I have a guest blogger today. Let me welcome Toni V. Sweeney. Toni is a prolific author of science fiction, fantasy, paranormal romance, and horror. She is here to tell you about her most recently published novel. So I’m just going to turn the blog over to her. Enjoy!
Toni, it’s all yours …
A Bit of the Dark World was the first novel I ever wrote…and the latest to be published. Thirty-nine years elapsed between the time I sat in front of my typewriter to begin “Chapter One,” and the day I submitted it to Class Act Books for consideration. Thirty-nine years, two typewriters, and four computers later… I’m writing a blog about it. Whew! That was a definite struggle…
Almost everyone is familiar with Edgar Allan Poe. At one time or another, we’ve probably read one of his short stories, even if it was in tenth-grade English where “The Pit and the Pendulum” was required reading. How many, however, are familiar with HP Lovecraft, a man who was influenced by Poe and in the Twentieth Century, became his equal in writing tales of mystery and imagination?
I don’t see any other hands raised…except my own. Okay…
Lovecraft was a New Englander, a sickly child who grew into an introspective man. During his lifetime, he kept up a correspondence with several aspiring teenaged authors, most of whom, because of his mentoring, later became well-known themselves. (Do the names Robert Bloch (Psycho) and Robert E. Howard (Conan the Barbarian) ring bells?)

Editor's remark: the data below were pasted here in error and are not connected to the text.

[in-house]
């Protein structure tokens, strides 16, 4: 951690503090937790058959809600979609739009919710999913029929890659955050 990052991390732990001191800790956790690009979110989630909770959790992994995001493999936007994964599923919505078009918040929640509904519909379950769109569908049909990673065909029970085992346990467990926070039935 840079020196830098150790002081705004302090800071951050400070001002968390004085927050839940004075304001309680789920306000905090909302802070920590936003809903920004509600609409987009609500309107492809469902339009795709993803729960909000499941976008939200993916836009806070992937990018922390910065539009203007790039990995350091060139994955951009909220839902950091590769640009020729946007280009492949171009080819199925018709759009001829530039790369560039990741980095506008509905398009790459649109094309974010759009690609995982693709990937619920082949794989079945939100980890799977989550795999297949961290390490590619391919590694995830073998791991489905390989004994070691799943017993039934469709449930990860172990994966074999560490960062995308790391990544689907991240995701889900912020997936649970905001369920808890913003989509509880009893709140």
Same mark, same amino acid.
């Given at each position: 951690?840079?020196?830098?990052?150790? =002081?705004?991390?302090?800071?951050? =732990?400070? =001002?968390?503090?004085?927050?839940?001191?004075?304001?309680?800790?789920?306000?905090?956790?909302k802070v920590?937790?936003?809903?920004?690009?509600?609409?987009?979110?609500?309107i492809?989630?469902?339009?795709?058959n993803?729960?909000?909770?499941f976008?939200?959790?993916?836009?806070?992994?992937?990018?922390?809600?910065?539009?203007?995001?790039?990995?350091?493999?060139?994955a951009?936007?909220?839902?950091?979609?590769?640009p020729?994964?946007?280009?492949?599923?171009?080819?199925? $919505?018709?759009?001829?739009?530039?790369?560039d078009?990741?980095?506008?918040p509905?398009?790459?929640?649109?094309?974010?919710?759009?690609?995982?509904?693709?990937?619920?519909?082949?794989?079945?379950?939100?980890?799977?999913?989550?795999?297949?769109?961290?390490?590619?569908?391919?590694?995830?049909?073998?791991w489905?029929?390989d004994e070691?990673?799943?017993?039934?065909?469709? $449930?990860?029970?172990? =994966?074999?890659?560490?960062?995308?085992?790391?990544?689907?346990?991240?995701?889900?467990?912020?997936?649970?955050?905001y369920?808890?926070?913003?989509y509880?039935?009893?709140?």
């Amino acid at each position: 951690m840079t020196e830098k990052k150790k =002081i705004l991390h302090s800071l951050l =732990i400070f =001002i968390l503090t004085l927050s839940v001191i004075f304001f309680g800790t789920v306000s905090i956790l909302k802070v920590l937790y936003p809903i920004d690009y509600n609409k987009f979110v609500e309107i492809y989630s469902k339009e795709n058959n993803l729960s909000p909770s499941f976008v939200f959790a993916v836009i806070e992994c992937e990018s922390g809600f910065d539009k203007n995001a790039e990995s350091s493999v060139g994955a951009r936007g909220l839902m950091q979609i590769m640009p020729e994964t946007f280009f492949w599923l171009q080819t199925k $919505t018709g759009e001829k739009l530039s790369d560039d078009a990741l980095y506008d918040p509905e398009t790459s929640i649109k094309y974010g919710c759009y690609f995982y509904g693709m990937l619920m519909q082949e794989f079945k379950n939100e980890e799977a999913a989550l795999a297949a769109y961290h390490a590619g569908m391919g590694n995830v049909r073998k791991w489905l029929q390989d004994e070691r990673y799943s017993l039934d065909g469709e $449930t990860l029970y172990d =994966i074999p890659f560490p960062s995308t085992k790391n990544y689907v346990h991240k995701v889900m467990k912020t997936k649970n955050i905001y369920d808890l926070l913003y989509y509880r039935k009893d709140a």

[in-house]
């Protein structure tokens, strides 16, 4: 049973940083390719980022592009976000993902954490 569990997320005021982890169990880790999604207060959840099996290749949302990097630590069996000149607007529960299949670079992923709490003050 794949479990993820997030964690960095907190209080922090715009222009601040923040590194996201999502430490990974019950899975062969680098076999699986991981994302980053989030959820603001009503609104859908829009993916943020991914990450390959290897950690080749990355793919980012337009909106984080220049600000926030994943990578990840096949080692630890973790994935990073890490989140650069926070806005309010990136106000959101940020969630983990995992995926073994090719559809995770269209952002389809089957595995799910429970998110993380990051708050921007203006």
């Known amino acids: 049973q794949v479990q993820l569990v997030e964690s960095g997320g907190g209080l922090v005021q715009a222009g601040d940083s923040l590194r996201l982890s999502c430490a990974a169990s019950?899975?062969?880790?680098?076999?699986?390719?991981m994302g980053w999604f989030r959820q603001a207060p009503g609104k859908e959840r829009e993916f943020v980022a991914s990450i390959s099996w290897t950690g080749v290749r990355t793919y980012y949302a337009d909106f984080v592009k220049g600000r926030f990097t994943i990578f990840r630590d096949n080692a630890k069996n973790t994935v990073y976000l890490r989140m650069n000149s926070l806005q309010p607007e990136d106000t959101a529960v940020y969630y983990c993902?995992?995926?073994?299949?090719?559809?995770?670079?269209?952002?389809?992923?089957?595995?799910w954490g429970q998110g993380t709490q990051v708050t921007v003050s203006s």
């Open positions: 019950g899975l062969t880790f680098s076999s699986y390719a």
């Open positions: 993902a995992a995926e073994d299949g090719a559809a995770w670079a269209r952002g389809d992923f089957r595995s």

HPL, as he’s general referred to, authored stories often set in the harsh surrounds of his native New England, specifically the towns of Providence, RI, and Arkham—which some readers may recognize as the name of the Asylum where the Joker and many another criminal pursued by Batman eventually ended incarcerated. The tales concerned the god Cthulu and the other amorphous horror-inspiring“Great Old Ones,” beings older than Time, tossed out of their own dimension into ours where they were bested by enemies and imprisoned on our world. With the aid of human servants, they occasionally escape their bonds and wreak havoc on the unsuspecting New England countryside.